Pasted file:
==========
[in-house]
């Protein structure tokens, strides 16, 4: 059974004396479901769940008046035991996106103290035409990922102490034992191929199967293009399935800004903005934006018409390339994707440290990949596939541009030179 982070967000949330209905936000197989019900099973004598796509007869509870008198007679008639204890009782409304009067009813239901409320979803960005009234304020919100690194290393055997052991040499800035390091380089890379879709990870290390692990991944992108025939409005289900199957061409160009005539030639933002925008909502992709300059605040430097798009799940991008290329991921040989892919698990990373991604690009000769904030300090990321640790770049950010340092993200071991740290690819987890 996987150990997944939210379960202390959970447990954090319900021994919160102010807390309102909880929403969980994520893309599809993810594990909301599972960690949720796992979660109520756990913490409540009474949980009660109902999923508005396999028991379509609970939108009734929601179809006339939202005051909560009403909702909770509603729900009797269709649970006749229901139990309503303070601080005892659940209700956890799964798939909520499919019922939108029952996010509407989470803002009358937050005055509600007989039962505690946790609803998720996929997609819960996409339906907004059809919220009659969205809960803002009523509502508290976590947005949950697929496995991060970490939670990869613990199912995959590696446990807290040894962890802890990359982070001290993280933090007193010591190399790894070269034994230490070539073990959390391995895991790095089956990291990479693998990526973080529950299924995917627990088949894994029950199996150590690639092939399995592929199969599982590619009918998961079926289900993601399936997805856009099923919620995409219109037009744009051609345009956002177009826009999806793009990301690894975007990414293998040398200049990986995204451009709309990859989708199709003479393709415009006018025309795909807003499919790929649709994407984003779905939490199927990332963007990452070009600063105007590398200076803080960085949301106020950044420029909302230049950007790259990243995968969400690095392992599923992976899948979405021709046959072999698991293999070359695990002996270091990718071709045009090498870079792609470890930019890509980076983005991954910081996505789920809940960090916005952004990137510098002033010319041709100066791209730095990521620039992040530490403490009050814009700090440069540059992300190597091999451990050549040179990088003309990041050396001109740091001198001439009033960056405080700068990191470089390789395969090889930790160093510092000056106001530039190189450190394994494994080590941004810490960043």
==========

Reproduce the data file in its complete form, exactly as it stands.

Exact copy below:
[in-house]
């Protein structure tokens, strides 16, 4: 059974004396479901769940008046035991996106103290035409990922102490034992191929199967293009399935800004903005934006018409390339994707440290990949596939541009030179 982070967000949330209905936000197989019900099973004598796509007869509870008198007679008639204890009782409304009067009813239901409320979803960005009234304020919100690194290393055997052991040499800035390091380089890379879709990870290390692990991944992108025939409005289900199957061409160009005539030639933002925008909502992709300059605040430097798009799940991008290329991921040989892919698990990373991604690009000769904030300090990321640790770049950010340092993200071991740290690819987890 996987150990997944939210379960202390959970447990954090319900021994919160102010807390309102909880929403969980994520893309599809993810594990909301599972960690949720796992979660109520756990913490409540009474949980009660109902999923508005396999028991379509609970939108009734929601179809006339939202005051909560009403909702909770509603729900009797269709649970006749229901139990309503303070601080005892659940209700956890799964798939909520499919019922939108029952996010509407989470803002009358937050005055509600007989039962505690946790609803998720996929997609819960996409339906907004059809919220009659969205809960803002009523509502508290976590947005949950697929496995991060970490939670990869613990199912995959590696446990807290040894962890802890990359982070001290993280933090007193010591190399790894070269034994230490070539073990959390391995895991790095089956990291990479693998990526973080529950299924995917627990088949894994029950199996150590690639092939399995592929199969599982590619009918998961079926289900993601399936997805856009099923919620995409219109037009744009051609345009956002177009826009999806793009990301690894975007990414293998040398200049990986995204451009709309990859989708199709003479393709415009006018025309795909807003499919790929649709994407984003779905939490199927990332963007990452070009600063105007590398200076803080960085949301106020950044420029909302230049950007790259990243995968969400690095392992599923992976899948979405021709046959072999698991293999070359695990002996270091990718071709045009090498870079792609470890930019890509980076983005991954910081996505789920809940960090916005952004990137510098002033010319041709100066791209730095990521620039992040530490403490009050814009700090440069540059992300190597091999451990050549040179990088003309990041050396001109740091001198001439009033960056405080700068990191470089390789395969090889930790160093510092000056106001530039190189450190394994494994080590941004810490960043």